Stable Isotope Compositions of Herbivore Teeth Indicate Climatic Stability Leading into the Mid-Miocene Climatic Optimum, in Idaho, U.S.A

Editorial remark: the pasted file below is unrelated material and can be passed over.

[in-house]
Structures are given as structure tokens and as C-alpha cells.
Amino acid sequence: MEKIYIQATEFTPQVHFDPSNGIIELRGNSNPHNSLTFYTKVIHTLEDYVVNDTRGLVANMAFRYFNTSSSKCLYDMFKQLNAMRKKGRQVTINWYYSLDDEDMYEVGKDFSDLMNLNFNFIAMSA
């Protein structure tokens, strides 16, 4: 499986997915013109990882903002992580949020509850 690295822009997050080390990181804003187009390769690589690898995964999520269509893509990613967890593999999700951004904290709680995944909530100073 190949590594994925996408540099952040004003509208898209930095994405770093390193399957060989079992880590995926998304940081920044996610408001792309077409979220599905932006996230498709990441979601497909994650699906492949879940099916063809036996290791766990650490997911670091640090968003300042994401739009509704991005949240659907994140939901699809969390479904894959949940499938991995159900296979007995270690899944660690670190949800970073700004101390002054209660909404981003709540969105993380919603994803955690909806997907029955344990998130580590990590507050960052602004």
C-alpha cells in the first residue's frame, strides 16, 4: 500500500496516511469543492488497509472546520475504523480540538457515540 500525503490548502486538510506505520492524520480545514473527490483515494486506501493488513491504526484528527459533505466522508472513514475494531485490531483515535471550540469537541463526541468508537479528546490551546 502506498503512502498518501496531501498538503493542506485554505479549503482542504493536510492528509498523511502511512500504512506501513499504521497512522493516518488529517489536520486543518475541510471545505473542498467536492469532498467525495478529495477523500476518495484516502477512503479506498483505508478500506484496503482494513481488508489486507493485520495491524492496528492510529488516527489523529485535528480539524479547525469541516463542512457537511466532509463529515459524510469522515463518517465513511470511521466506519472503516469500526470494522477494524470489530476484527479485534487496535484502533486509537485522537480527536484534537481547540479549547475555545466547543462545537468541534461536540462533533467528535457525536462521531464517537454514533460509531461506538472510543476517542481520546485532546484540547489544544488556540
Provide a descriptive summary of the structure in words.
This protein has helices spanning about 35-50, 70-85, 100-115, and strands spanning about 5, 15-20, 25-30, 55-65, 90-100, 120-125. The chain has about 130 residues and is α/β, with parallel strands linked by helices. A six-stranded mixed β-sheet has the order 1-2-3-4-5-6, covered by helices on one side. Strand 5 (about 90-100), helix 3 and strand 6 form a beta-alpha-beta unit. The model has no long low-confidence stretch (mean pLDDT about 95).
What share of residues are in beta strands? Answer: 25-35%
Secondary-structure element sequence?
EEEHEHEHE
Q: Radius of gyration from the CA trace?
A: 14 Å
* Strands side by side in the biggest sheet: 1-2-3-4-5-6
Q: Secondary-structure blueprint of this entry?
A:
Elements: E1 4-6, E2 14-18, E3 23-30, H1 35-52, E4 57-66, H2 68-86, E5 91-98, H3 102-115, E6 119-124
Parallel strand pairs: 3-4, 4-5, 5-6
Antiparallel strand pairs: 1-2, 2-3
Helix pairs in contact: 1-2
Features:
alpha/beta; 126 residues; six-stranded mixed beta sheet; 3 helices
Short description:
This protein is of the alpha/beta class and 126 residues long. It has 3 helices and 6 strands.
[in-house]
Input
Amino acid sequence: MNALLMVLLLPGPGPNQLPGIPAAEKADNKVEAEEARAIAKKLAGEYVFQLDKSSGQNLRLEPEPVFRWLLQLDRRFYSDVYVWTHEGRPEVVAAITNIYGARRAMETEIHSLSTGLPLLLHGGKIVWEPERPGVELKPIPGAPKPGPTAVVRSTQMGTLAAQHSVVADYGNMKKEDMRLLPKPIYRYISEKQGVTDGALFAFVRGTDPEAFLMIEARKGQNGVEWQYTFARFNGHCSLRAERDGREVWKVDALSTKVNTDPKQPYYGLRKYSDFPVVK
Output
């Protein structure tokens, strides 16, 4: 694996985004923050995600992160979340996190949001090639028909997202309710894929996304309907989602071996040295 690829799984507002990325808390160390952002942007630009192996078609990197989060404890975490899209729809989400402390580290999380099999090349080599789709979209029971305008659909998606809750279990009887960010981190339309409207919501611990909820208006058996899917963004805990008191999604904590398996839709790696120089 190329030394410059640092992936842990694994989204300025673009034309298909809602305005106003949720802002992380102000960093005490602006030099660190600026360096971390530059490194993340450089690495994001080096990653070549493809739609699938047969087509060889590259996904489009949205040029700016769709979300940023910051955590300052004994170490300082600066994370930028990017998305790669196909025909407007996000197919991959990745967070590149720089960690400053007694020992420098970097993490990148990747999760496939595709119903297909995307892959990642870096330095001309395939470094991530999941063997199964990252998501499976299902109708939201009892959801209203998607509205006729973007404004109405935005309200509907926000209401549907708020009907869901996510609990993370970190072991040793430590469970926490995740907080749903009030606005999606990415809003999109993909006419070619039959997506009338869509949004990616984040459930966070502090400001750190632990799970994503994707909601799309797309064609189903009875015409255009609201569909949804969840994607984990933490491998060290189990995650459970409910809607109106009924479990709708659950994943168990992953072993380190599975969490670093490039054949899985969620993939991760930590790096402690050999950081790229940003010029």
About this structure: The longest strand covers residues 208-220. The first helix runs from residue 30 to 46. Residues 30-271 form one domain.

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The effects of global climate change are manifested at the regional level; consequently, evaluation of links between palaeoenvironmental change and turnover of past biotas must use regional-scale climate data. Here we test whether climate change influenced faunal and floral patterns leading up to, and during, the mid-Miocene Climatic Optimum (MMCO) based on datasets collected in the Railroad Canyon section (RCS), central-eastern Idaho, U.S.A. Specifically, we use isotope compositions of herbivore tooth enamel to investigate how Mean Annual Precipitation (MAP), Mean Annual Temperature (MAT), Cold Month Mean Temperature (CMMT), and temperature seasonality varied through the RCS and how this local record compares to global climate reconstructions. Isotope compositions of teeth from the fossil equid Merychippus and rhinocerotid Diceratherium were compared across five time bins from c. 23 to c. 15 Ma. Bulk δ18O values of both taxa indicate that meteoric water compositions were unchanged through the study interval (consistently c. −15.6‰) but were c. 1.9‰ higher than current regional meteoric water. This difference points to warmer climates in central-eastern Idaho during the Miocene, post-middle Miocene topographic uplift in western North America, and/or shifts to air mass trajectories. Serial sampling of enamel shows seasonal fluctuations in water compositions and temperature. Bulk δ13C values indicate an average MAP of 190 (range: 10–510 mm·yr−1), with no significant change through the study interval, comparable to today's MAP (236 mm·yr−1). The reconstructed semi-arid, seasonal, warm climate for the RCS agrees with phytolith assemblage data from the same strata indicating dominantly open, grassy habitats. However, it is inconsistent with previously held ideas of warm-wet mid-Miocene climates in the northern Rocky Mountains (NRM) based on paleosol analyses. Our inferred, stable climate conditions for the MMCO of the NRM contrast with coeval records from Europe and Asia indicating sustained or enhanced warm and wet climates. These differences point to a decoupling of regional climate from global trends and highlight the necessity of studying regional variation to understand the biotic impacts of global climate change.